Hydra & Athens
Lauren and I arrived in Athens at the tiresome hour of 3am. We had plenty of time to make our way to Piraeus to catch our hydrofoil to the islands so we decided to take the bus. The boat looked more like a giant missile than a ship. We got on board and tore off though the Mediterranean at high speeds. Dimitri, a LBS admit from Athens, had recommended a couple places for Lauren and I and we ended up settling on Hydra. Hydra is a small island with a bunch of old stone mansions that sit atop the hills surrounding the harbor. They also don’t allow cars on the island so the only means of transport are the donkeys that await to transport you luggage to your hotel upon arrival.
Waiting on the Hydrofoil
Hydra´s very own bellman
The view from the Posto Cafe on the harbor
The cafes along the coastline
View of Hydra from the top of town
Our first day there we spent the majority of the day at the pebble beaches and at the cafes that surrounded the harbor. I discovered a new dish that I would order 4 times over the next two days. Nothing fancy, just Greek yogurt (thicker and less sweet than ours) topped with fruit and honey. The beaches were a short walk away. They were very small considering the cliffs dropped directly down into the sea at most places, but since the island was so small they weren’t crowded. The water was crystal clear as well.
Walking to the pebble beaches on the southwest side of the island
Our little pebble beach
Crystal clear water
On the second day we hiked through the streets that led through town to the top of the hill. Once the houses stopped and the donkey grazing lands began we decided to head back down. On the way back down we found our way to the Larazos Kountoyriotis Museum, housed in one of the historic mansions. It had typical Greek furniture and costumes from the time of the War for Independence.
Hiking through the streets
A lot of the houses were white and blue, the colors of the Greek flag
The Greek furniture inside the mansion
View from the mansion
Without curiosity satisfied, we decided to catch the water ferry to Bisti Beach, located on the south side of the island. The beach was much larger and had chairs, umbrellas, kayaks, and a bar. We ended up renting a kayak and I got scolded as I tried to paddle us into some of the nearby caves. We turned the cape and admired some of the huge yachts and sailboats anchored in the bay.
Lauren and I at Bisti Bay, she stole my hat becaues she didn´t like her hair
Lauren paddling back towards our boat
Some of the small caves in the background
We had dinner that night at a little restaurant situated on the edge of the cliffs looking out towards where the sunset. The waiter brought us out a shot of ouzo and Lauren vetoed ordering a bottle of it. I didn’t really disagree.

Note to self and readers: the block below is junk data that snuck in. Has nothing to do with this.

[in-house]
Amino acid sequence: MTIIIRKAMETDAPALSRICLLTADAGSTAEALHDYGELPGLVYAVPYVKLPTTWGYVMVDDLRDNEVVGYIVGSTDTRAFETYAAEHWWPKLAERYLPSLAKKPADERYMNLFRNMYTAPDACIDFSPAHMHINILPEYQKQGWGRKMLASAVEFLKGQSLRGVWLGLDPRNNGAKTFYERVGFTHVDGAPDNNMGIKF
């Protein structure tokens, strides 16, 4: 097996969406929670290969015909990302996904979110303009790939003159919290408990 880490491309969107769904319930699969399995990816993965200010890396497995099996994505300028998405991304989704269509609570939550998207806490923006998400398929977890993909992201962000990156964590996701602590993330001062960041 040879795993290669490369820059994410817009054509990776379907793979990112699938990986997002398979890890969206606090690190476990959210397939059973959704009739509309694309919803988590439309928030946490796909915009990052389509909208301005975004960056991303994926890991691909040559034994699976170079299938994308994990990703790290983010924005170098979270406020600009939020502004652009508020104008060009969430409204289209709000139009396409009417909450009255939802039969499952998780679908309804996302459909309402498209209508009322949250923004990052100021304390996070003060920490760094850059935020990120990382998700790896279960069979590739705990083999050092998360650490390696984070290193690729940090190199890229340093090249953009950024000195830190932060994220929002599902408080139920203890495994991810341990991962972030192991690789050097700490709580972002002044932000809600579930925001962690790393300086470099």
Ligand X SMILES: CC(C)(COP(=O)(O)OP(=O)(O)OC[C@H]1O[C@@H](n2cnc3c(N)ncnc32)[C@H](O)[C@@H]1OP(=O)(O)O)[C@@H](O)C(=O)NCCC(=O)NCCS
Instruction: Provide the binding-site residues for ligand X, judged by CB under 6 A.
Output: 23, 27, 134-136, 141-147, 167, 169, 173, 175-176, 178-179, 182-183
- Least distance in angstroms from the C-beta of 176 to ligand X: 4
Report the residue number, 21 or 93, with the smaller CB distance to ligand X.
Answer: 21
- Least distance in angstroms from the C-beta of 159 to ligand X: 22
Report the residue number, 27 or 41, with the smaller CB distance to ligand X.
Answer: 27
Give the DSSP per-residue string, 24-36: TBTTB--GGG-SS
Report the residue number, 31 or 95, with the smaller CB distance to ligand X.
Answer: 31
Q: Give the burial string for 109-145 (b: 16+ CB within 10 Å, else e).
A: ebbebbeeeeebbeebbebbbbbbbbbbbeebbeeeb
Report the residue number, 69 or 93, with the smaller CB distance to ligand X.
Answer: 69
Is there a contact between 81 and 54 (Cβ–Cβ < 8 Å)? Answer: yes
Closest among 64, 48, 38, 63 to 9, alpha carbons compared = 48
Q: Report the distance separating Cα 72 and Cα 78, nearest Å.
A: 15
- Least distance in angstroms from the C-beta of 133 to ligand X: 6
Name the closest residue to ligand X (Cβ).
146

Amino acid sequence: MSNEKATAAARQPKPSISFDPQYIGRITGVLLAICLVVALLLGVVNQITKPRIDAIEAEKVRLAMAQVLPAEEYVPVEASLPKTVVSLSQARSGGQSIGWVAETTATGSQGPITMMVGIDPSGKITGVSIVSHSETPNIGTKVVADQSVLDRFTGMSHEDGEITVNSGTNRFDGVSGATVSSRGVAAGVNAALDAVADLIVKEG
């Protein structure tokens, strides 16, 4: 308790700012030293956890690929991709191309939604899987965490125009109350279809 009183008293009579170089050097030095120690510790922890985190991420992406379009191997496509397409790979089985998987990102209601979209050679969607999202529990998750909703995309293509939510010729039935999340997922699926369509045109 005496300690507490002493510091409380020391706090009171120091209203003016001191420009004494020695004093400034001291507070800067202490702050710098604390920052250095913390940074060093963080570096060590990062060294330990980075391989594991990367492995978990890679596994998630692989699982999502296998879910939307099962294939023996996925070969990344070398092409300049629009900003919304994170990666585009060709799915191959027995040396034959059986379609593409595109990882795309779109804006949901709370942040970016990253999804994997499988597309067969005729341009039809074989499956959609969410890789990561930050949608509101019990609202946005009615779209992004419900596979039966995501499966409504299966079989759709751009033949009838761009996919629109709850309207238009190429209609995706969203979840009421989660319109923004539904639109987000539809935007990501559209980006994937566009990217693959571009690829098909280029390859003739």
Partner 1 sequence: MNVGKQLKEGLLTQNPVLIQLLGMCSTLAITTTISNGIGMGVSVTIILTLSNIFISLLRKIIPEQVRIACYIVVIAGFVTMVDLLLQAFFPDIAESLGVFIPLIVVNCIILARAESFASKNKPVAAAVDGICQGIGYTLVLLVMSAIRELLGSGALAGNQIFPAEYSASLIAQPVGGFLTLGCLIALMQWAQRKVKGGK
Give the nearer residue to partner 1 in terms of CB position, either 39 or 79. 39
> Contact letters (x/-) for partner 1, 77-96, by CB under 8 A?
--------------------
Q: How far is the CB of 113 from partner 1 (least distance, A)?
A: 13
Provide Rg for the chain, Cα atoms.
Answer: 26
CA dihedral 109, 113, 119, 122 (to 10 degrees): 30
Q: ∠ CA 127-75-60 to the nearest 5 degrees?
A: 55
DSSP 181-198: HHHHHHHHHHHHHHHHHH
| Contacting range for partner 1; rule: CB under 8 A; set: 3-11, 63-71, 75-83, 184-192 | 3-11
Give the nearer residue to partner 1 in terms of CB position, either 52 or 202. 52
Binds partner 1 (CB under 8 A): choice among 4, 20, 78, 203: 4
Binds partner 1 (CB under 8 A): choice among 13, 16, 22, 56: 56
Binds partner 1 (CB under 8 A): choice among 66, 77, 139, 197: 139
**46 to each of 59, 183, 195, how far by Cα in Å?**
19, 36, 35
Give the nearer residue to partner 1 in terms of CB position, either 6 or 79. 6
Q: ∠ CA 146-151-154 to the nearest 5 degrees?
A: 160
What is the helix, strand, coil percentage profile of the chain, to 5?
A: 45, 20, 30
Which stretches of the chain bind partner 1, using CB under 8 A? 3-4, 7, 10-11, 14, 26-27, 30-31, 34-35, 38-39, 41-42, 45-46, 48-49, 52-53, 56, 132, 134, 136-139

There wasn´t a bad table in the house
Lauren manning the heavy artillery
Enjoying the view
The view from the table
About five minutes later
I took this picture with the shutter open, the streaking light is a water taxi passing
The next morning, after a short stint on the beach we headed back towards Athens so Lauren could catch her flight to Paris. I got her settled at the airport and headed back to Athens. I booked myself back into my usual dorm style hostel and wandered Plaka that evening in search of some good Greek food.
The hostel provided walking tours of the major sights, so I decided to take one. I was surprised to see the guide was a 20 year old looking New Zealander. He explained he had studied Greek history for six years and just happened to be staying at one of the hostels when they were looking for a guide. I was surprised to find he knew everything about everything Greek. He turned out to be one of the best guides I’ve ever had. We hit all the major sights around and including the Acropolis. Many people confuse the Acropolis with the Parthenon. Every town has an Acropolis, it’s the tallest point in town. Athens is the most famous because it houses the Parthenon among other historic buildings.
The ceremonial guards outside the Parliament House
The Temple of Zeus
The Roman Theatre at the Acropolis, it's still in use
The left side of the Parthenon
The female columns on the Caryatids
View of the Greek Theatre from the top of the Acropolis
The Temple of Zeus from the Acropolis (the downed column was knocked over in a storm in the 1600s)
Athens from above
The sister Parthenon at the foot of the Acropolis
I ended up meeting Brandon, a civil engineer from San Francisco, on the tour. The two of us chummed around for the majority of the tour. We planned to meet up that evening to get some gyros and beers. He met me over at my hostel while I was working on my computer in the courtyard having some red wine I’d bought. I offered him some but didn’t have another cup so I just filled mine up and he took pulls right out of the bottle. We went off in search of food and ended up heading to the bar back at his hostel which was full of other young travelers. The subways in Athens shut down pretty early so I ended the evening arguing with a cab driver over the fare to get back (they are notorious for screwing you, especially at night.)
Brandon and I at the Greek Theatre on the Acropolis
From here off to Colombia in a round about way.